NetApp and EMC unveil data classification tools

The new releases will allow users to better manage data according to US government regulations, the vendors say

EMC has released Infoscape, a software package it says can help users manage unstructured files. The new tool can help users to comply with US government regulations like the Sarbanes-Oxley Act, says EMC.

The Windows-based Infoscape discovers files using Microsoft Active Directory and LDAP directories, and then collects metadata about the files, says George Symons, EMC’s CTO of information management. The tool then uses packaged or user-developed taxonomies to classify the data and manage it, he says.

In June, EMC chief executive Joe Tucci revealed plans to build a tool that can classify unstructured data.

Dan Wells, vice president of operations at USA.Net, a provider of email outsourcing services, says he’s interested in evaluating the product’s ability to discover information on file servers and other systems that aren’t tied to EMC storage.

He says EMC expects to add support for semi-structured files such as email, as well as the ability to encrypt and move files into content management systems in future Infoscape versions.

EMC has also announced a service offering to help organisations implement Infoscape.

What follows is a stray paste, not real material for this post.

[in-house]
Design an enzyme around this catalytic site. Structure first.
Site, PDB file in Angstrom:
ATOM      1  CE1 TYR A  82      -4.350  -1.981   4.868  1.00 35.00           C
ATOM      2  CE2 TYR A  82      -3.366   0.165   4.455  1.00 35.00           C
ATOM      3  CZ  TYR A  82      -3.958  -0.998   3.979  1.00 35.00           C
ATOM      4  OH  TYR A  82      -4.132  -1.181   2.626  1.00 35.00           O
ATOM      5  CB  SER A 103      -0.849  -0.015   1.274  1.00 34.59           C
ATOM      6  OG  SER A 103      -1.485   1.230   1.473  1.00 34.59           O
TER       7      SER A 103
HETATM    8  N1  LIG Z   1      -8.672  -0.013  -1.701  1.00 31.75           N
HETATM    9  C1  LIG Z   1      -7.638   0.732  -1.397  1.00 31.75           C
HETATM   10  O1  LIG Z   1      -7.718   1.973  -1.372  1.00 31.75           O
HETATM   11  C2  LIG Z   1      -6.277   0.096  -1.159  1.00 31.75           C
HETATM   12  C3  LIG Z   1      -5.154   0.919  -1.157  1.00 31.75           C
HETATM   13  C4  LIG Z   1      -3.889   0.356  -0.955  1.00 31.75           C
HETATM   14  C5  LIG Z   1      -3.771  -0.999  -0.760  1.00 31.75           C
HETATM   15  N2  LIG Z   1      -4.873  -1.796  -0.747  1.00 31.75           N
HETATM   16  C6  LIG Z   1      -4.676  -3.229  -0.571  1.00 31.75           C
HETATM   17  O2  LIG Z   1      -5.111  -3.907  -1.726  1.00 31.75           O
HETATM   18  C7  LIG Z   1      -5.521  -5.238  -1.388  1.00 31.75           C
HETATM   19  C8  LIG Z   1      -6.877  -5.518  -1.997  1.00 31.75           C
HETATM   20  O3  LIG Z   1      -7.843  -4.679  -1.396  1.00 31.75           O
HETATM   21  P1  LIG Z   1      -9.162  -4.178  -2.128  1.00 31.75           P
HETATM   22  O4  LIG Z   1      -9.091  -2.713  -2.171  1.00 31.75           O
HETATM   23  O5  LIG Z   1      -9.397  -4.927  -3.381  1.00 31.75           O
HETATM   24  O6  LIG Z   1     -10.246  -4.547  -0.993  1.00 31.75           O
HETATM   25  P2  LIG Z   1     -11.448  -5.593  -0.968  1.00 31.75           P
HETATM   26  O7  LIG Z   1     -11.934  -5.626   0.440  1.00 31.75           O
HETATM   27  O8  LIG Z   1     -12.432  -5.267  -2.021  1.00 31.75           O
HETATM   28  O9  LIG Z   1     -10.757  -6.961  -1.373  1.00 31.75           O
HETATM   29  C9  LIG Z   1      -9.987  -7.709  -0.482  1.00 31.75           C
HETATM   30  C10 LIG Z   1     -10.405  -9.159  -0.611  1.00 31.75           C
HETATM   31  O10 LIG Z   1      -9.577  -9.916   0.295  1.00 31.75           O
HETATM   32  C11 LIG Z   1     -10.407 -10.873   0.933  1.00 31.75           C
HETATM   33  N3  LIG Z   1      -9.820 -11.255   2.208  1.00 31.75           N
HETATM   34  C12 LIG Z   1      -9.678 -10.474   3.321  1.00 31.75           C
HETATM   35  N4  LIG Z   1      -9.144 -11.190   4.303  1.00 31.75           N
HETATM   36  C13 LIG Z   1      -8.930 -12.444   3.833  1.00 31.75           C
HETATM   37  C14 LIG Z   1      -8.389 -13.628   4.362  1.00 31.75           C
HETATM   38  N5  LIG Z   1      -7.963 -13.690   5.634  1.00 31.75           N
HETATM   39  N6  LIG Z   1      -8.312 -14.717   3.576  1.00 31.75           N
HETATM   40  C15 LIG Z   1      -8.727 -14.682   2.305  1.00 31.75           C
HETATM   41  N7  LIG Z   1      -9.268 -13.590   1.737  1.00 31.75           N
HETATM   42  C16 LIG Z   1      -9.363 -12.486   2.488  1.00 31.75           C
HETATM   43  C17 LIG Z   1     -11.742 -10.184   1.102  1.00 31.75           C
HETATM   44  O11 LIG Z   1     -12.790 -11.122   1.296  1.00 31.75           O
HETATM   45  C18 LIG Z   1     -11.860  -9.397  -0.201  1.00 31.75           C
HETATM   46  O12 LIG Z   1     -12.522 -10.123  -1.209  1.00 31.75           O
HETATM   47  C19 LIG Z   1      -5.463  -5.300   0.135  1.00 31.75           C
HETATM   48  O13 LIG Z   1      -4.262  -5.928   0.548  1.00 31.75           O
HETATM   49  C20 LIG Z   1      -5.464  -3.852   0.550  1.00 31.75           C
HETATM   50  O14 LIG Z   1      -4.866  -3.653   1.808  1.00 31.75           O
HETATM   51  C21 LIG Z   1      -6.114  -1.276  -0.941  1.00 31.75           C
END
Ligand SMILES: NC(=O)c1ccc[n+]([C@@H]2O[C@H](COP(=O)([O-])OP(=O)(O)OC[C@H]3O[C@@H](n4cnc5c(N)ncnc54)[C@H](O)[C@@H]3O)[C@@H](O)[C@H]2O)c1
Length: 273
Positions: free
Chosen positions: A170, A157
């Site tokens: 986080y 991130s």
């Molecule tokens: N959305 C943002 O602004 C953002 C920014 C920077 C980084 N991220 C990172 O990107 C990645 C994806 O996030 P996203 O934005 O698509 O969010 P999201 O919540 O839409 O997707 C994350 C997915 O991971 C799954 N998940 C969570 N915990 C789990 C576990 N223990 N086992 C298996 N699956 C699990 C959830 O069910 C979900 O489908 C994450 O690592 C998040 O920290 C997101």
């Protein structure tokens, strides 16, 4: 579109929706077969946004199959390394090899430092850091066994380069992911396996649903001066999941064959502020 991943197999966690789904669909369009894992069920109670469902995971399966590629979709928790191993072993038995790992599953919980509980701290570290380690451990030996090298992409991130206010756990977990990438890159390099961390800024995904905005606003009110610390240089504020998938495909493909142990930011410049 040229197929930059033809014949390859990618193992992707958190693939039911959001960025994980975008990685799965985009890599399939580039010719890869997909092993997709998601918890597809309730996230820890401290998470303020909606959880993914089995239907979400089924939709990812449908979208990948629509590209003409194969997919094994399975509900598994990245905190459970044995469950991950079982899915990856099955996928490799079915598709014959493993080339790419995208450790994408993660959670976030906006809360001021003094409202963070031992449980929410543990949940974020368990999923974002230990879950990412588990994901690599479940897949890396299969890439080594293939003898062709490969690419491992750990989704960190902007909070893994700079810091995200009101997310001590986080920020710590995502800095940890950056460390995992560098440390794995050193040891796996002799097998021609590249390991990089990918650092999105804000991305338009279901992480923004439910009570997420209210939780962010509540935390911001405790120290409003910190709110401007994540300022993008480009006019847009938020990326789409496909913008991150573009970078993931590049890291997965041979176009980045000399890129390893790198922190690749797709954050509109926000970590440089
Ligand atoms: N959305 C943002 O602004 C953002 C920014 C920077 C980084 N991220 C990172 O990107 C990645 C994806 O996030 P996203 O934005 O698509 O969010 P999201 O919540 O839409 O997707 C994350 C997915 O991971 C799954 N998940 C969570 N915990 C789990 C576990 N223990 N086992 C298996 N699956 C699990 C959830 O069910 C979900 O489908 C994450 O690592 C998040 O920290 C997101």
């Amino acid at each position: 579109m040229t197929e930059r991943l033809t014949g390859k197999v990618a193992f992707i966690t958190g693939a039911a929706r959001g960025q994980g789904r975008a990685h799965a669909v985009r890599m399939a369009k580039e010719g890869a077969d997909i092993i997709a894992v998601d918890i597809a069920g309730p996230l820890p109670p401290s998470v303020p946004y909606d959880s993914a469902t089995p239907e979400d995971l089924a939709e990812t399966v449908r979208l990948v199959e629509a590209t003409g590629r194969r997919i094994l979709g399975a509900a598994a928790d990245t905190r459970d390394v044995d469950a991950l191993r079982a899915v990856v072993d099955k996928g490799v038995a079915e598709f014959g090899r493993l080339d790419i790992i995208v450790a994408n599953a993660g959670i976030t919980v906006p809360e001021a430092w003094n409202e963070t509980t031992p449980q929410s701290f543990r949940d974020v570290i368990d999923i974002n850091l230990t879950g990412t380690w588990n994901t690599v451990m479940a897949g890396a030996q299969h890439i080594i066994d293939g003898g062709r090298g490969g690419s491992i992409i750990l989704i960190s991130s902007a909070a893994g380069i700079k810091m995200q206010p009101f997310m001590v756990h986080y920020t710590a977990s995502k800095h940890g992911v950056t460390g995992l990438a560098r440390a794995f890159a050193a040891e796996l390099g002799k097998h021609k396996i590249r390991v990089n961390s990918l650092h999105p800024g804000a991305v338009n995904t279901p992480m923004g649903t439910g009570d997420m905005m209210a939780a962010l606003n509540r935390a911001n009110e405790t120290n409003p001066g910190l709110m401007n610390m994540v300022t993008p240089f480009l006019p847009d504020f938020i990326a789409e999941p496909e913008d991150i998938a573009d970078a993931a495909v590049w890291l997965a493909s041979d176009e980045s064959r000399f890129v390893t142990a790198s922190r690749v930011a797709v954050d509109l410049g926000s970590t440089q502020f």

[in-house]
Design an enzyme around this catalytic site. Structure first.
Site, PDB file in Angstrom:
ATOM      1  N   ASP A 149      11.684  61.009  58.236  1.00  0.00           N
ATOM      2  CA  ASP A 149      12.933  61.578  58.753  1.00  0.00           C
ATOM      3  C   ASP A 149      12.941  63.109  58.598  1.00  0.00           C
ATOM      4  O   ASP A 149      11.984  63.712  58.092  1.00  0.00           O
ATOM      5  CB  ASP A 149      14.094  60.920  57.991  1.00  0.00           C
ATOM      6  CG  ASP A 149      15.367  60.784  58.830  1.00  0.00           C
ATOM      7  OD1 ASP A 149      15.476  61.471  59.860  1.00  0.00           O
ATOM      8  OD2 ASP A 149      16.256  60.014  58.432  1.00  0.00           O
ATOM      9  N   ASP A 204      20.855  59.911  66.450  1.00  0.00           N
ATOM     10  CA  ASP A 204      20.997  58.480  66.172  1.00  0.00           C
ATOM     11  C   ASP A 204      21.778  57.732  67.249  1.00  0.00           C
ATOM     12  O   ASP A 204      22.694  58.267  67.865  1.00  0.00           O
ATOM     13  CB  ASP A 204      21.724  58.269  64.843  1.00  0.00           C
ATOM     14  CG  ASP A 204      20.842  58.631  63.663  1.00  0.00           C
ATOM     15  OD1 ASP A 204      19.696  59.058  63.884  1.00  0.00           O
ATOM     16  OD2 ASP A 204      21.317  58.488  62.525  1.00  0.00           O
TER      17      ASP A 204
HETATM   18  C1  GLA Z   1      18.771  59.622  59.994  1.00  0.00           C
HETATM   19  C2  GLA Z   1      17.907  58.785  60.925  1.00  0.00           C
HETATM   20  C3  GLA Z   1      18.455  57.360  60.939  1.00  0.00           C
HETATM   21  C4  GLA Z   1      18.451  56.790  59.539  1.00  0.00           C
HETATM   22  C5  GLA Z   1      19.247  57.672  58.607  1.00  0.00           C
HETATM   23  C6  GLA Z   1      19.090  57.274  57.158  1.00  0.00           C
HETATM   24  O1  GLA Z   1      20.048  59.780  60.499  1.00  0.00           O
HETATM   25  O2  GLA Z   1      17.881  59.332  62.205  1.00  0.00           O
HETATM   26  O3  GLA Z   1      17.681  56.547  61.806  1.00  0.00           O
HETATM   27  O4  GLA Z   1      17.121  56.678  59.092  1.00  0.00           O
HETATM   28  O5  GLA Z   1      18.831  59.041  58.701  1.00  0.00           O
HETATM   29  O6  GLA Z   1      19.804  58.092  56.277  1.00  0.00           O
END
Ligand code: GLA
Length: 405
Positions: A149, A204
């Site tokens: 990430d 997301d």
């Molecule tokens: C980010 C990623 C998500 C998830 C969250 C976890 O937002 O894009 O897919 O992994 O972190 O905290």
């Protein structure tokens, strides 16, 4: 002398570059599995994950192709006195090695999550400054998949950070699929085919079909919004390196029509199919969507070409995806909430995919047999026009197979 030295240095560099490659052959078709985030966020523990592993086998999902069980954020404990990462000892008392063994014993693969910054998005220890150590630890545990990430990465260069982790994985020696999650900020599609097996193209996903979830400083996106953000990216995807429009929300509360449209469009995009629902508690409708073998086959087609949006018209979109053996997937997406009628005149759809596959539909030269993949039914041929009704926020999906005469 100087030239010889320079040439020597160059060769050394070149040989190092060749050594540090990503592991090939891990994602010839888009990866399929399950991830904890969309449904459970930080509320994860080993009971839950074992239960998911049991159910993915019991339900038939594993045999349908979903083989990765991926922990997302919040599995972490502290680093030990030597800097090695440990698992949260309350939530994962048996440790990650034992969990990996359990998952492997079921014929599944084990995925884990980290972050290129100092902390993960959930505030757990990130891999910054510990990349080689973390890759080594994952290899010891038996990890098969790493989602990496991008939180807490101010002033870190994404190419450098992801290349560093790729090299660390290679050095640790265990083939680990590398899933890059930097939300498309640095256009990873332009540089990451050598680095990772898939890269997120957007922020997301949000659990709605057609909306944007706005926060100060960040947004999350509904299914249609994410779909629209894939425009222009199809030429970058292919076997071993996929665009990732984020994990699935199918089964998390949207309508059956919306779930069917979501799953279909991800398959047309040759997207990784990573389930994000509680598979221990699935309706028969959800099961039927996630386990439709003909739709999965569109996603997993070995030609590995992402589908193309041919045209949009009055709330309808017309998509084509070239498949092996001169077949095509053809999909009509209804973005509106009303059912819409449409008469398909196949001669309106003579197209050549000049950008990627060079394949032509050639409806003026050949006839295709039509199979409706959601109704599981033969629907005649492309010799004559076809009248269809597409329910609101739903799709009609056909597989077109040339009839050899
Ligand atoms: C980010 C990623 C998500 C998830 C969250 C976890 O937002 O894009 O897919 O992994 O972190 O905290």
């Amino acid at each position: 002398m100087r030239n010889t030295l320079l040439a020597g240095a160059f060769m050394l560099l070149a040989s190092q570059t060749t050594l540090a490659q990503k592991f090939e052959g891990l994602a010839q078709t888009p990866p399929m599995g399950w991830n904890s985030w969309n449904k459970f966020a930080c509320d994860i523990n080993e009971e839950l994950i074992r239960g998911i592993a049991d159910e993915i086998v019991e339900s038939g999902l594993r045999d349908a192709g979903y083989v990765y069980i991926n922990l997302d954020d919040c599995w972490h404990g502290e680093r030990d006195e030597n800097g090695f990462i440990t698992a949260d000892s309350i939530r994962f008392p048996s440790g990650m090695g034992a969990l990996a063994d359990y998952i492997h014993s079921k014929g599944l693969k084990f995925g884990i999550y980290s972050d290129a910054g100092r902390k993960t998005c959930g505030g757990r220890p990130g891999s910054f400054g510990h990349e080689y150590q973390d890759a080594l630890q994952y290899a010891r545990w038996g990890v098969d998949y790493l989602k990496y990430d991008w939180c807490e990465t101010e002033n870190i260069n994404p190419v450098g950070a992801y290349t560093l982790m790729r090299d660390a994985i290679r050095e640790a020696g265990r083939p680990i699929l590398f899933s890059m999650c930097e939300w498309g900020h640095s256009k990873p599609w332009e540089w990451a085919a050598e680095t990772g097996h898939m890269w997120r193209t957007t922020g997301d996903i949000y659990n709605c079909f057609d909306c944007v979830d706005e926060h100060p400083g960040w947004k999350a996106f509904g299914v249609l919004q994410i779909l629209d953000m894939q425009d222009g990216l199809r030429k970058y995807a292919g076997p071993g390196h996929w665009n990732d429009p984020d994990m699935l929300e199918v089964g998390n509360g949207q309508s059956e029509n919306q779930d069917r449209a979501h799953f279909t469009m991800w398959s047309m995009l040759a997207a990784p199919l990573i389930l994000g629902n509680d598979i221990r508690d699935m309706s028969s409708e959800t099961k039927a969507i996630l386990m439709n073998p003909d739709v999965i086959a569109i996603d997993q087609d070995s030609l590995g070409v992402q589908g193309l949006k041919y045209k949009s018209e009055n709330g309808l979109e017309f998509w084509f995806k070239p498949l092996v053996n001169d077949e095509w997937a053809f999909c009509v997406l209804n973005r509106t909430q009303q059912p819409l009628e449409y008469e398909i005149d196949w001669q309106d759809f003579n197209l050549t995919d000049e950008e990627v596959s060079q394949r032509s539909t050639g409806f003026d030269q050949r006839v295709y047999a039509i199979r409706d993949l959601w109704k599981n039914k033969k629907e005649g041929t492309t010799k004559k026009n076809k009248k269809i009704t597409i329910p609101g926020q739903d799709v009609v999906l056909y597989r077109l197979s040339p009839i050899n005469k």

Network Appliance has also been active recently, announcing a new data assessment service that also aims to help IT operations comply with various regulations.

The new NetApp services came out about a month after the company released two software modules for its Information Server 1200 (IS1200) data classification hardware appliance, which searches for information and classifies it, says Chris Cummings, the company’s senior director of data protection and retention.

NetApp licences the new software and the IS1200 appliance from Kazeon Systems. The new Netapp Transparent Migration Manager software can be used to migrate data to different storage tiers based on user-defined policies.

The new NetApp Retention Manager can be used to burn data to write-once read-many disks, which are required by some Securities and Exchange Commission regulations.

Brian Babineau, an analyst at Enterprise Strategy Group, says the new EMC and NetApp offerings come as users seek help in classifying data and complying with regulations.

The big leap forward with the EMC Infoscape product is its ability to index files based on content rather than simply managing them by factors such as the file name, type or when it was created, says Mike Fisch, an analyst for The Clipper Group.

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